I hate to admit this, but I don't have a perfect driving record.
The right side of my car's bumper has what I like to call cellulite, a patchwork of indents from run-ins (and back-ins) with poles, walls and my former neighbour's BMW. A few years ago, two of my low-speed mistakes -- one parking-lot collision and a roll through a pedestrian corridor -- landed me back in driving school for a weekend refresher.
We took turns introducing ourselves and explain what road rule(s) we broke to end up in class. Some stories terrified me and gave me a glimpse of what was happening on Winnipeg roads: One guy was busted driving close to 200 km/h on Pembina Highway; another man blew through so many red lights, he owed several thousand dollars he didn't feel he had to pay.
I've since worked enough night and weekend shifts to see what happens when driving turns deadly and the mangled wreck of metal and families collisions leave in their wake.
I was blown away this year when I investigated the cost of fender-benders and major crashes in Winnipeg. A staggering 261,875 claims were reported to MPI over a five-year period, which works out to about one crash on Winnipeg streets every 10 minutes. The financial, emotional and societal toll of these collisions is huge.
While some parts of Canada and Europe now operate with the mentality every crash is preventable and one road death is too many, there's been little public outcry about road safety here. It struck me as odd that we can be so cavalier about our driving habits, and yet so concerned about things such as homicides, which affect fewer people.
There's been much discussion about Winnipeg's 38 homicides this year.
There's been a lot less chatter about the 11 people killed on city streets in road crashes to date this year. More than 100 others have been killed on Manitoba highways, a new record. The lucky ones who survive serious crashes deal with struggles I suspect most people would have trouble imagining.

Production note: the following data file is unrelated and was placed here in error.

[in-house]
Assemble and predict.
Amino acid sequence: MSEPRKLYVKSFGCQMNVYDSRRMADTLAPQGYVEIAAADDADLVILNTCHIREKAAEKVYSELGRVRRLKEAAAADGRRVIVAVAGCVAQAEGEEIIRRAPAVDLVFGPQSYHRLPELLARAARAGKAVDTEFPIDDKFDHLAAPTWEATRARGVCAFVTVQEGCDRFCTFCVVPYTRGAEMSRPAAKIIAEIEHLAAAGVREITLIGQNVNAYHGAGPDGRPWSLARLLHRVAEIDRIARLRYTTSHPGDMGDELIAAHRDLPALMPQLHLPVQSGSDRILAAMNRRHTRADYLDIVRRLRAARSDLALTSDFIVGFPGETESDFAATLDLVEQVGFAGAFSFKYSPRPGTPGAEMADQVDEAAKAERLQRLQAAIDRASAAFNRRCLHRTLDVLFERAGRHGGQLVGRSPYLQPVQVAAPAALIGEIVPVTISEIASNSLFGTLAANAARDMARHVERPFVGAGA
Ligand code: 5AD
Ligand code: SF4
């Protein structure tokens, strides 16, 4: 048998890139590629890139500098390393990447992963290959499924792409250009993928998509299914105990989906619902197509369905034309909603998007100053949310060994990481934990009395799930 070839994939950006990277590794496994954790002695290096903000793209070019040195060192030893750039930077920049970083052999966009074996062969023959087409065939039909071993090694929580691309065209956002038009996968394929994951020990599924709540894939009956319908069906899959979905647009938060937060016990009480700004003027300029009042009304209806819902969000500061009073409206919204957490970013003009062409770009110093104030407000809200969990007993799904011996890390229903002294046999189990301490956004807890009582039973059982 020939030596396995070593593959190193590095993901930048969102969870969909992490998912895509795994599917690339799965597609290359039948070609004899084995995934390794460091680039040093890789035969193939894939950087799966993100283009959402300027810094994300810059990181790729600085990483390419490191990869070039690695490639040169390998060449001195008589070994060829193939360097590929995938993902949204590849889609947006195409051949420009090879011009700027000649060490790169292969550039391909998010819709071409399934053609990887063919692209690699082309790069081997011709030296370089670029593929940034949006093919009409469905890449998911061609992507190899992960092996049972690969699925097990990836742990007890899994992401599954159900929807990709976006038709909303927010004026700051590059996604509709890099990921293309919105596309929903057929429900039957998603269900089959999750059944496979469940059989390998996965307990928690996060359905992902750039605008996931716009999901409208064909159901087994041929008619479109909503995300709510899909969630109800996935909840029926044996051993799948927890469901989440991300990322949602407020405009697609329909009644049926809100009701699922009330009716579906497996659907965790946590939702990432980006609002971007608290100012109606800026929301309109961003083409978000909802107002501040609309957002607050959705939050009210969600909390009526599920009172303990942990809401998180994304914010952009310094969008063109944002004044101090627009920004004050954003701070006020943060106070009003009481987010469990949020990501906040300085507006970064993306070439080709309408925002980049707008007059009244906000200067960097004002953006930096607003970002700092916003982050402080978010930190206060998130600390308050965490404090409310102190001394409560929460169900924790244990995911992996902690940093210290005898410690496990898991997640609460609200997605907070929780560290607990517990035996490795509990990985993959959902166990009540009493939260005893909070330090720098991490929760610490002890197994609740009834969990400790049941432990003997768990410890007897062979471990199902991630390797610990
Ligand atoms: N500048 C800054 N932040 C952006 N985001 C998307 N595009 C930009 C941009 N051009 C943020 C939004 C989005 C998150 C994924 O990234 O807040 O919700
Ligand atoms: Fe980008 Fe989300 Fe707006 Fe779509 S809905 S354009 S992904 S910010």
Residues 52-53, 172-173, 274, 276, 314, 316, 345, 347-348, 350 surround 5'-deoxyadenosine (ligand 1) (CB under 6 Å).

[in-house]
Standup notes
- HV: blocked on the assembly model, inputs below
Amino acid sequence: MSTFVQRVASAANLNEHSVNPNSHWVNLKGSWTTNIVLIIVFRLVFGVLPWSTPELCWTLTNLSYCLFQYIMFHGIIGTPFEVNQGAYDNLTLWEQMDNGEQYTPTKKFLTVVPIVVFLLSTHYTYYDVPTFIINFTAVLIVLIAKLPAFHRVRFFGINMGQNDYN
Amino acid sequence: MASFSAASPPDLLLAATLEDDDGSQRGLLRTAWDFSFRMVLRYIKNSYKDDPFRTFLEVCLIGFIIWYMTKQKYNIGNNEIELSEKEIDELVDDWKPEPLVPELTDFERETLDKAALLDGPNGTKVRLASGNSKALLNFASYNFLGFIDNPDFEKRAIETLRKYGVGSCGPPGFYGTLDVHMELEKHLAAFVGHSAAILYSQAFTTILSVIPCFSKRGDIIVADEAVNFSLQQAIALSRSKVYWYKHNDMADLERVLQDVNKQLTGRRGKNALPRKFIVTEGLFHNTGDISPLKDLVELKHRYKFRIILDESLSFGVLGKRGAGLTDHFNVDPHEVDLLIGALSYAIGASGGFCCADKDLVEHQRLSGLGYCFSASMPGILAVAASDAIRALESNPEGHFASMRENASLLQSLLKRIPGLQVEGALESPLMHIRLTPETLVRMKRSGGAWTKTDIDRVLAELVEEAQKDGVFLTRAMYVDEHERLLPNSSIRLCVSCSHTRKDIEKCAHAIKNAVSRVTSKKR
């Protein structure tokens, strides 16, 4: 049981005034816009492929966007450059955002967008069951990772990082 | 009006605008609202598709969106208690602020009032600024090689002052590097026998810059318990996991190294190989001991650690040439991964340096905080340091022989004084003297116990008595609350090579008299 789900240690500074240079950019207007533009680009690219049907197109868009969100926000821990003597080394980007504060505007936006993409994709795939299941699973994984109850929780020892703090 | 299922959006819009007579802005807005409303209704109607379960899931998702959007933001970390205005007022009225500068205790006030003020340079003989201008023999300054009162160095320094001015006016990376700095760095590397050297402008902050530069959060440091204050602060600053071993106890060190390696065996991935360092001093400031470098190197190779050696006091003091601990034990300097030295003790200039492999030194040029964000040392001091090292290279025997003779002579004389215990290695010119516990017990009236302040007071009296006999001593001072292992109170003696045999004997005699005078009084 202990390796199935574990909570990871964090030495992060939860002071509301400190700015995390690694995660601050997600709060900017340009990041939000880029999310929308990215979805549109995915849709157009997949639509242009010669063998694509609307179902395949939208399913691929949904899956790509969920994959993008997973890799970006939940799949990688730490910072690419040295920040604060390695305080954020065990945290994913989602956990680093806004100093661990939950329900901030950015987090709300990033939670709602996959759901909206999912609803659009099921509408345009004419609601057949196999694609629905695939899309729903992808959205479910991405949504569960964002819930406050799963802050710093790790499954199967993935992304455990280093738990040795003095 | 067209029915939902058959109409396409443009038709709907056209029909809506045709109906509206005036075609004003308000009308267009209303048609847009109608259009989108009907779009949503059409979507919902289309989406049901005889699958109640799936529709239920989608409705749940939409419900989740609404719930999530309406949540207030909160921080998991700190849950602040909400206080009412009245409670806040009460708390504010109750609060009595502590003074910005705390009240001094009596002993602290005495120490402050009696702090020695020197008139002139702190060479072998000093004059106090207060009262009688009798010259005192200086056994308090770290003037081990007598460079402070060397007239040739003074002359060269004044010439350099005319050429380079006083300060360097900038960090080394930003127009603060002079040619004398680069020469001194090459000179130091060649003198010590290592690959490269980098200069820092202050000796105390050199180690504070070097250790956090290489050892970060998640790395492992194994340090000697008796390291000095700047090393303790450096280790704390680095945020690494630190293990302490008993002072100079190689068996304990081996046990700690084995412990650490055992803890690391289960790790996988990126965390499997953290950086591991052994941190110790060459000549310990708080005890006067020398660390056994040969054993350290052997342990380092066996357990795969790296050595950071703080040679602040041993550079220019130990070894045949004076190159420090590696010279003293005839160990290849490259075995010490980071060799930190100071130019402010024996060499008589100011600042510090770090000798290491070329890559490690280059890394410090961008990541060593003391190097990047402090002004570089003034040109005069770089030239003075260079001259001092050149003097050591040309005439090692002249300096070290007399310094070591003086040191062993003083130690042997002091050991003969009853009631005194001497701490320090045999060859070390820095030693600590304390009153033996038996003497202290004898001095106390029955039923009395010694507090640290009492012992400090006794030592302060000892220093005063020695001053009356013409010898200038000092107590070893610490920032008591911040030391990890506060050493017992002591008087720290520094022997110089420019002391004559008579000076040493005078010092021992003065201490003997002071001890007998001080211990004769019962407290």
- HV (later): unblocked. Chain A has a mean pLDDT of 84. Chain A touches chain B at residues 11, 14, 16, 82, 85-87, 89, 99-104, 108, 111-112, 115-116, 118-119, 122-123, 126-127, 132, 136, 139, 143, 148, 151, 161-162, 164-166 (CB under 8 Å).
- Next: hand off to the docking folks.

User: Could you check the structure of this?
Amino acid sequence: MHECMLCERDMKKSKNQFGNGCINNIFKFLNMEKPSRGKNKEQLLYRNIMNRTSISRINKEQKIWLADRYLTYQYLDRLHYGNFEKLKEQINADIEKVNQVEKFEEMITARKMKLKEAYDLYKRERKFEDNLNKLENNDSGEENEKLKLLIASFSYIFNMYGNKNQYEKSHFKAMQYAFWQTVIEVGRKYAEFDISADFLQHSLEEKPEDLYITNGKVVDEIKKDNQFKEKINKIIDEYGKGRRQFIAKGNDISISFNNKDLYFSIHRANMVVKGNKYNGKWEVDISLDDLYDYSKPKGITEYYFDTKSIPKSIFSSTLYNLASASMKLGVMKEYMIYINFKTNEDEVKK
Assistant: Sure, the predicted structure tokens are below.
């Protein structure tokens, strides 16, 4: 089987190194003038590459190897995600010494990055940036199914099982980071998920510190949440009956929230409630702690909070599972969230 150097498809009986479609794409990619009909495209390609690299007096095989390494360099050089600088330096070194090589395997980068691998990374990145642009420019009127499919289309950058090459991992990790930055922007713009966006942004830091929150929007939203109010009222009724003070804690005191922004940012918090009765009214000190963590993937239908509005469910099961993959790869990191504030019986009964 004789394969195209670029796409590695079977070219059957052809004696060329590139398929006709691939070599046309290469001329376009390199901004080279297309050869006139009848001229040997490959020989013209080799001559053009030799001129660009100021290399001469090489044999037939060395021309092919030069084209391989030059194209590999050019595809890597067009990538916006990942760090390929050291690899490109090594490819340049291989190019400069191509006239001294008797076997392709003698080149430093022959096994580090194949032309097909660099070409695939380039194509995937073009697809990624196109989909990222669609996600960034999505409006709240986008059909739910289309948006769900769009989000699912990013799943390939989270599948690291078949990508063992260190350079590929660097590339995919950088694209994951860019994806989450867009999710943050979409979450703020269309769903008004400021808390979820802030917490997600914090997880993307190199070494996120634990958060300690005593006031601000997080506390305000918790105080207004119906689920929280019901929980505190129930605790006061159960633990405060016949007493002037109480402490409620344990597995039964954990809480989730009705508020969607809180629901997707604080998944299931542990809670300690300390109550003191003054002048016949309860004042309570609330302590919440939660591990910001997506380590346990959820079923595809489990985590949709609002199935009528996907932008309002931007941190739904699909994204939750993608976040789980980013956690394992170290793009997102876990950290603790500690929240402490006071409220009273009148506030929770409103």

I sat in with a support group run by the Manitoba Brain Injury Association, where I met Marilyn, a 40-something victim of a crash that left her in a coma and wiped out much of her short-term memory. She wasn't speeding, drinking and driving or doing anything untoward at the time of the accident.
She was in the passenger seat, on her way to work. A typical drive on a typical day.
What happened after her door was T-boned by a driver on his cellphone was anything but ordinary. She nearly died and couldn't remember who she was or who her family was when she awoke from a medically induced coma. Years later, she is still trying to relearn and remember basics, such as how to cook pasta or turn the stove off afterwards.
I wasn't sure how long she would remember me, but I got my answer a few weeks later.
When the story ran in the paper, Marilyn called to say she had been inundated with messages from people who congratulated her for having the courage to share her story. Several minutes later, she suggested I write a story about brain injuries.
I think about Marilyn when I see someone in the car beside me talking on a cellphone or pulled over for speeding, or I see police tape blocking off a road after the latest bad crash.
One bad decision can literally change someone's life forever.
It's difficult to convince drivers these sad situations do happen and possibly even tougher to convince cash-strapped governments to put more money toward infrastructure, education and technology that can help prevent them.
Until that changes, I will keep telling my family and friends one simple thing: Drive safely.